(p. B6) The more a hospital profits from a cesarean delivery, the more likely a woman is to get one, a new analysis suggests.
For the study, published in JAMA Network Open, researchers analyzed records of 13.2 million deliveries nationwide from 2010 to 2014, using a large database of generally healthy women.
. . .
During that period, profit from C-sections varied, from an average of $4,969 for the one-quarter of hospitals with the lowest charges to $26,129 for the quarter that charge the most.
The researchers found that compared with the one-quarter of hospitals that averaged the lowest profit per cesarean, those that made the most per formed 8 per cent more C-sections.
For the full story, see:
Nicholas Bakalar. “In Brief; Making Profits From C-Sections.” The New York Times (Tuesday, April 13, 2021): D6.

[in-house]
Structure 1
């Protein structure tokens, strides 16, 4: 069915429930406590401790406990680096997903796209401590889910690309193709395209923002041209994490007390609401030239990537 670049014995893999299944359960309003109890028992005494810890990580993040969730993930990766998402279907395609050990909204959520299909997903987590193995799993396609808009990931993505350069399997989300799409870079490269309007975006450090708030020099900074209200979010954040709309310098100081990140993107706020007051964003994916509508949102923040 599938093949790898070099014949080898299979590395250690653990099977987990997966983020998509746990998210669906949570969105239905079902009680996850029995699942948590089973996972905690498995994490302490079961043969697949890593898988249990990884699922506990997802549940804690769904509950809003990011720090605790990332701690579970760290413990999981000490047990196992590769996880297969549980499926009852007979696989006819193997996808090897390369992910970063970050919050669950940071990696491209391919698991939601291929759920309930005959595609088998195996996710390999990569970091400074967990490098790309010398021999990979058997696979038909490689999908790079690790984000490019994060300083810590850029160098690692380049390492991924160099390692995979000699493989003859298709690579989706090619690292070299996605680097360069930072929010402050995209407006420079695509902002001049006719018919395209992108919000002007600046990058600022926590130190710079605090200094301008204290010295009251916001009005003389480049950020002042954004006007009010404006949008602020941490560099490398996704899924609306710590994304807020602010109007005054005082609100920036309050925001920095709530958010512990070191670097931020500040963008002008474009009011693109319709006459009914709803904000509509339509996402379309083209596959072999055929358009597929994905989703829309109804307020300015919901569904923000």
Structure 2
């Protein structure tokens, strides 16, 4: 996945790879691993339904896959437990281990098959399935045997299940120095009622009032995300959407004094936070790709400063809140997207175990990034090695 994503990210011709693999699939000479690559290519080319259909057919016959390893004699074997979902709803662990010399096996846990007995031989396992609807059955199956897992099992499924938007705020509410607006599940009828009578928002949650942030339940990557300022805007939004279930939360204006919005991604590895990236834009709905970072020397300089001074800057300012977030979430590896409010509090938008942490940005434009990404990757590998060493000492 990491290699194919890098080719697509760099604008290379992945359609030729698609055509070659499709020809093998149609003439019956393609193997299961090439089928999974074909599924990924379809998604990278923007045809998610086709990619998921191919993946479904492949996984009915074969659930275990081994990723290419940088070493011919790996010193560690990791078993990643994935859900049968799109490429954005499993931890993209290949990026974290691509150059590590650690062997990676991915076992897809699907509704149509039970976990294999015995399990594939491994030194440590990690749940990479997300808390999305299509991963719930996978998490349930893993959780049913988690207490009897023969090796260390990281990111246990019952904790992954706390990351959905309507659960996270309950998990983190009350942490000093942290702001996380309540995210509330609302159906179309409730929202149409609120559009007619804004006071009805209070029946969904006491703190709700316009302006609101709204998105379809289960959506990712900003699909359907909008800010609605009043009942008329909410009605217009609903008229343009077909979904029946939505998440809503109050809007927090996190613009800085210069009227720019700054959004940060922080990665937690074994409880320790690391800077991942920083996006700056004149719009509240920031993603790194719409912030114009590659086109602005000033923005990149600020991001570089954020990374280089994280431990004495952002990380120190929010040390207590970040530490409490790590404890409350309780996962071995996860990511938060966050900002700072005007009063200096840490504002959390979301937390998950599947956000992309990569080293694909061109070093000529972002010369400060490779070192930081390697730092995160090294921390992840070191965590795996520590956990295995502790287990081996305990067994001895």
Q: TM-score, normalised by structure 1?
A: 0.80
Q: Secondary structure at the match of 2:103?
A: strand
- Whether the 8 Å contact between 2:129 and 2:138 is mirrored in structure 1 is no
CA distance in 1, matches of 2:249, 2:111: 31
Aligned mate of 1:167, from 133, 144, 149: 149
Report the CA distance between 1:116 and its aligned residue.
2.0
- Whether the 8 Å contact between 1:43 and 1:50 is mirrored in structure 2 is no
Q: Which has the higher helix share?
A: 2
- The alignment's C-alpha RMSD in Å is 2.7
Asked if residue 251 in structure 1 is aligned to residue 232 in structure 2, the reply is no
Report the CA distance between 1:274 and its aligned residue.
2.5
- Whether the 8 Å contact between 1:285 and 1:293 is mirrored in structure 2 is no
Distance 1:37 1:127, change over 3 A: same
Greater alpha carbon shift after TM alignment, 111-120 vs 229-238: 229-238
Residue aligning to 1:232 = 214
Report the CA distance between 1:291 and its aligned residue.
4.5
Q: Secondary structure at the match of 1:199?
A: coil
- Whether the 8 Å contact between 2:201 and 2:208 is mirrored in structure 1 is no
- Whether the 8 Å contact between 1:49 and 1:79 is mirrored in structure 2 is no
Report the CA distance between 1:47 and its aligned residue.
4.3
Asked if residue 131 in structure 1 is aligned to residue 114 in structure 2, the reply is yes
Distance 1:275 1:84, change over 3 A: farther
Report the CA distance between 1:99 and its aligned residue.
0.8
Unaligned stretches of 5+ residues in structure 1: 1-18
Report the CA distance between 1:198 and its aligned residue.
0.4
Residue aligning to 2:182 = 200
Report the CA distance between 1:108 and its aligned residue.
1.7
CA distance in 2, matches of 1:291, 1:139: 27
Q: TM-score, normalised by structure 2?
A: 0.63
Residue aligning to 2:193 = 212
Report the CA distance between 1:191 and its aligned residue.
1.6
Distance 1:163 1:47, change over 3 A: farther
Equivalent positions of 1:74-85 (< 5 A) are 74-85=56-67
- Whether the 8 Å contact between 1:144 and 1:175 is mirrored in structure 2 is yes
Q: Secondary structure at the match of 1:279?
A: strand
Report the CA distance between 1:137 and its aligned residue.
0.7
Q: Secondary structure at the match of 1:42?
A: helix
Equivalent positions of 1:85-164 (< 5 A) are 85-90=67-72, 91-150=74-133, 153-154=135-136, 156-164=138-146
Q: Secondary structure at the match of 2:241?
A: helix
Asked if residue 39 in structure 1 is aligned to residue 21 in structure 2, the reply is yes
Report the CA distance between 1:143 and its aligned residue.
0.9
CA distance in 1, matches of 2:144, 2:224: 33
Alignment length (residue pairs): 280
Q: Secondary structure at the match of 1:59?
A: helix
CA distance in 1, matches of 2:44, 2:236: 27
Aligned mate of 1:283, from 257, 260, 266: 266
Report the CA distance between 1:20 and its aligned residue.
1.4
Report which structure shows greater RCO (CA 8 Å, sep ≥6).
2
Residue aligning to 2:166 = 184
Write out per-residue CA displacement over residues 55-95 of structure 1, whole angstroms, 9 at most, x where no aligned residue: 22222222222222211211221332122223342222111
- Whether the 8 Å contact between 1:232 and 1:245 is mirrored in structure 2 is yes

(Note: ellipsis added.)
(Note: after considerable search, I could not find this article in the online version of the NYT as of 4/24/21.)
The JAMA Network Open article discussed in the passages quoted above is:
Sakai-Bizmark, Rie, Michael G. Ross, Dennys Estevez, Lauren E. M. Bedel, Emily H. Marr, and Yusuke Tsugawa. “Evaluation of Hospital Cesarean Delivery–Related Profits and Rates in the United States.” JAMA Network Open 4, no. 3 (2021): e212235-e35.